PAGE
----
Plume offers patients a full clinical staff that is almost entirely trans, which is possible by using telemedicine to source providers from all over the country. They also provide letters of support, which are necessary to pursue gender-affirming surgery, and connect patients to resources for behavioral health and social support in their local community. Patients can communicate directly with their doctor via text or a video chat.
A Plume membership costs $99 per month and does not require health insurance or accept health insurance for monthly fees. Plume has a “pay it forward” program to help alleviate the costs for some patients who can’t afford care.
For most trans people who do hormone replacement therapy it’s a lifelong journey. Moving to a new state, changing jobs or losing insurance coverage can create tension around how to continue treatment. And while there are some quality LGBTQ+ specific clinics, they aren’t on every corner of every city. Plume eliminates that reliance on location, insurance and employment for trans people to seek out and maintain gender-affirming care.
This year, Plume became available in North Carolina, which is home to nearly 45,000 trans people. With all three co-founders as UNC alumni, bringing it to North Carolina is particularly meaningful to them.
Plume is also available for people in California, Colorado, Florida, Maine, Massachusetts, Minnesota, New York, Oregon, Texas and Virginia, which represent nearly half of the trans community in the U.S. It takes patients 18 and older, some of whom are starting hormone replacement therapy in their 50s and 60s.
They hope to launch Plume in other other states and provide this health care option for the 1.4 million transgender people in the U.S.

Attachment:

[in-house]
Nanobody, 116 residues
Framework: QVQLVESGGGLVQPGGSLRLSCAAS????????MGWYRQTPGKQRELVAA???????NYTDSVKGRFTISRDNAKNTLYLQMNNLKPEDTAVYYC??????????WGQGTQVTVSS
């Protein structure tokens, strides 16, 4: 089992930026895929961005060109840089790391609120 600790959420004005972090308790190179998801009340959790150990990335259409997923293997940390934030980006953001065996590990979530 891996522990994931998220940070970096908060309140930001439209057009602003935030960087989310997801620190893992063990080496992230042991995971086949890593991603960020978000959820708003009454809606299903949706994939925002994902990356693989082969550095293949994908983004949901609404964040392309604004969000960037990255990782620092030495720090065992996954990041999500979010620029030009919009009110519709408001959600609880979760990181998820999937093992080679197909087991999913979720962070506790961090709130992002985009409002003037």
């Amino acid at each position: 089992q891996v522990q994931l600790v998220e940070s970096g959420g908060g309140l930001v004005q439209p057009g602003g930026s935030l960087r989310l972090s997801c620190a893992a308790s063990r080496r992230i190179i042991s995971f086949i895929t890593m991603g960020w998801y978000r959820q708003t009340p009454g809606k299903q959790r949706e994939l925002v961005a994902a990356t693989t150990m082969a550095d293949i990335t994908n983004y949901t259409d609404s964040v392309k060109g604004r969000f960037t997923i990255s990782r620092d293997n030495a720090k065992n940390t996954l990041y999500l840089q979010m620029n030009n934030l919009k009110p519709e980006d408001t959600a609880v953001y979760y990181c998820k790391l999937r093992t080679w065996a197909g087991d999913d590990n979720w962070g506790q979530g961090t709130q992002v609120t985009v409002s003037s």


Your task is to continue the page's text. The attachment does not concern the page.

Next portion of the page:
Seeing Doctors Who Understand
Kirkley, a trans woman, grew up in Raleigh and went to N.C. State as well as UNC. She has been a primary care doctor in Colorado for the past seven years. She developed a protocol and an LGBTQ+ curriculum during her residency and incorporated that into community health care centers, free clinics and her own practice. But, she said, even at those places, which are the most accessible points of care, she was constantly running up against barriers.
“Whether that was because of geography, because of insurance issues, payment issues, just fear of discrimination of even entering into a healthcare facility,” Kirkley said. “It was hard to get folks care.”
It can also be intimidating, uncomfortable and sometimes dangerous, Wetschler said.
When transgender people go to a doctor’s office, about 25 percent face discrimination or are refused care based on their gender identity, according to Wetschler. And up to 30 percent delay care entirely out of fear of discrimination, he said. If an individual does manage to find a clinic where they’re able to see a physician, often those physicians are unfamiliar with gender-affirming hormone therapy.
When Dowling first started hormone replacement therapy, he had to take an hour and a half train ride into New York City to visit a clinic. He has had at least five different doctors while navigating his medical treatment, but had never seen one who was transgender before finding Kirkley through Plume.